Hexanchus, if the assumed risk of injury or death is just to one individual and not a community should the life of that one be important enough to warrant a coerced restraining of liberty or an invasive procedure on another? Should it make any difference if the individual at risk was already born or was still in the womb? This entire issue seems to revolve around a general question as to whether to be a "Good Samaritan" (bearing some personal burden but to aid another) should be subject to legal coercion. Any thoughts on that? ..Maurice.

 
At Thursday, June 21, 2012 7:53:00 PM, Blogger Hexanchus said...

Dr. B,
"...should the life of that one be important enough to warrant a coerced restraining of liberty or an invasive procedure on another?"

IMHO, absolutely not. In the case Dr.Cantor referred to regarding the attempt to force bone marrow donation, the court held “For our law to compel defendant to submit to an intrusion of his body would change every concept and principle upon which our society is founded. To do so would defeat the sanctity of the individual” and “raise the spectre of the swastika and the Inquisition, reminiscent of the horrors this portends” (McFall v. Shimp).

With respect to a pregnant woman, I agree with her position that for some inexplicable reason, some pregnant women have been forced to undergo treatment or procedures against their will and without the benefit of due process of law. IMHO, this is wrong.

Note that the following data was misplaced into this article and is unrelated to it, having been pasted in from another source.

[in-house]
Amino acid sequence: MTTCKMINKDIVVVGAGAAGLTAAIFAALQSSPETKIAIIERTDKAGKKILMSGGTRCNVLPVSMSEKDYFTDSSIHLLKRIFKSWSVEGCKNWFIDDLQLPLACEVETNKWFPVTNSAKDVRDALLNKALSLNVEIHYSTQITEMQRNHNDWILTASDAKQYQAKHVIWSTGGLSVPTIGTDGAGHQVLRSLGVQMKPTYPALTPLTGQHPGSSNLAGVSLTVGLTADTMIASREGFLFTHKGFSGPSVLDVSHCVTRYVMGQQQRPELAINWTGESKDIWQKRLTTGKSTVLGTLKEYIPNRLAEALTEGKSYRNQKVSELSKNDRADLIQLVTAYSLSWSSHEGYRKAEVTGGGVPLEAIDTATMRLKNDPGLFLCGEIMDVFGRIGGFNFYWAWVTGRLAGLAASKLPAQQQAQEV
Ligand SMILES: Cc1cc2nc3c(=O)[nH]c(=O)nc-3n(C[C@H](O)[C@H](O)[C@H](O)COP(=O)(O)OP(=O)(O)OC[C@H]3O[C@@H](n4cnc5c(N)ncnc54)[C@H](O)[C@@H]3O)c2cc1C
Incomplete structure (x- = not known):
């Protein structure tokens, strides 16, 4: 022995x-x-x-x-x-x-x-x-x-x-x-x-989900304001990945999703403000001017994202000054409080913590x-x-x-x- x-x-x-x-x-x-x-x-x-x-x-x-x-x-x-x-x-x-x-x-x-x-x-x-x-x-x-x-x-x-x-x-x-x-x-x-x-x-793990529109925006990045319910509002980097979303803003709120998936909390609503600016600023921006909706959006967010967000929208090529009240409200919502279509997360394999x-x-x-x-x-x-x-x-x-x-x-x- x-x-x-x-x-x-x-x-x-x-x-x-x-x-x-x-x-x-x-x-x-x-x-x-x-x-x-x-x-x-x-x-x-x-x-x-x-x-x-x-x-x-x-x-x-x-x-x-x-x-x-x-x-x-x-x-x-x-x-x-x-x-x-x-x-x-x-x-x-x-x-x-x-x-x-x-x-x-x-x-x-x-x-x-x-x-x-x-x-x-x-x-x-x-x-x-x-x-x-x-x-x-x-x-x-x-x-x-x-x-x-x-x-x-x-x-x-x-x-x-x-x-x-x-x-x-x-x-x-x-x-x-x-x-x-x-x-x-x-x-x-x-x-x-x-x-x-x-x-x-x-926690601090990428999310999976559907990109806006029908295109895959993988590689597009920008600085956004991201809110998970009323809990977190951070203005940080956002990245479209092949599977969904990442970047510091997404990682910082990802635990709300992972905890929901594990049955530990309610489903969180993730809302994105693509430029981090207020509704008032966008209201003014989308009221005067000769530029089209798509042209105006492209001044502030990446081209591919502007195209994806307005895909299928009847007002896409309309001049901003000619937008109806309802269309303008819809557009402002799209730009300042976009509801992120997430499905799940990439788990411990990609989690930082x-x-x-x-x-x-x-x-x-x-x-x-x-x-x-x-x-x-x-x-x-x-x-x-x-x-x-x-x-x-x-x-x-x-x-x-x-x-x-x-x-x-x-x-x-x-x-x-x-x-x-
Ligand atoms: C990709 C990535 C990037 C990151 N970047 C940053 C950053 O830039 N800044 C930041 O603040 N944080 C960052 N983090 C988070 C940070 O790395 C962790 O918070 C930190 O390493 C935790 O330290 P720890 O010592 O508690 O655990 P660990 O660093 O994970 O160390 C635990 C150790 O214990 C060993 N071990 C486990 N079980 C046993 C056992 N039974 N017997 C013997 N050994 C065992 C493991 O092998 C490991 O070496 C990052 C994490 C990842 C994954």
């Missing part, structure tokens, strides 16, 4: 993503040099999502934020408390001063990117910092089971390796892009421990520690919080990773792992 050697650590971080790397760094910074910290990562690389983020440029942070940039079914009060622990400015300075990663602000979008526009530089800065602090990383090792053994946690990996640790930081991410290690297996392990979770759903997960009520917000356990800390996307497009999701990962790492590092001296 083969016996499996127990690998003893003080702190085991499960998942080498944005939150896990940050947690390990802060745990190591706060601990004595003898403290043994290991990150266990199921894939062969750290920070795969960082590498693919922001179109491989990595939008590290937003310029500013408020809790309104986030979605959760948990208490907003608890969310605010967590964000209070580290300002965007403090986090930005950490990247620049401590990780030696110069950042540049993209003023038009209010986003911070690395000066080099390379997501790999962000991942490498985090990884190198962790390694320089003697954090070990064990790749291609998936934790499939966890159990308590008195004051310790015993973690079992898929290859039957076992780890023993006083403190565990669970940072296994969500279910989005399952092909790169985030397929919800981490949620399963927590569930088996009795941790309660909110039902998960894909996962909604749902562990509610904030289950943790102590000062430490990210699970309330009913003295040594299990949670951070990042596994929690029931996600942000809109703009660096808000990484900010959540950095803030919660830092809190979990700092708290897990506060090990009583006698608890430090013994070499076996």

Exactly when a fetus legally becomes a "person" is still gray area that has never been unequivocally legally established. Is it viability without medical life support? Is it live birth? Until it is, this is going to be an ongoing argument.

Another issue is if the conduct of the mother is legal. I.E. smoking, drinking and refusing medical care are all legal for an adult female. Preventing or interfering with the rights of a person to engage in an activity or make their own legal decisions should not happen without full due process, legal representation for the female and complete consideration of all positions. Illegal activity such as drug use, may be somewhat different depending of state law. Personally, I side with Illinois' position “the State may not override a pregnant woman's competent decision, including refusal of recommended invasive medical procedures, to potentially save the life of the viable fetus”.

 
At Thursday, June 21, 2012 10:23:00 PM, Blogger Doug Capra said...

In reference to this discussion, I think the writer/physician, William Carlos Williams, short story, "The Use of Force," is most interesting. Although it involves a child as patient, it still is relevant to this topic.
I'd also recommend other short stories by Williams that reflect his experience as a doctor visiting the poor urban slums.
You'll find the short story, "The Use of Force," at this link:
http://www.classicshorts.com/stories/force.html
Here's an interesting essay that asks whether this story is an example of child abuse:
http://suite101.com/article/exploitation-intimidation-and-abuse-in-the-use-of-force-a383095

 
At Saturday, June 23, 2012 11:31:00 AM, Anonymous Anonymous said...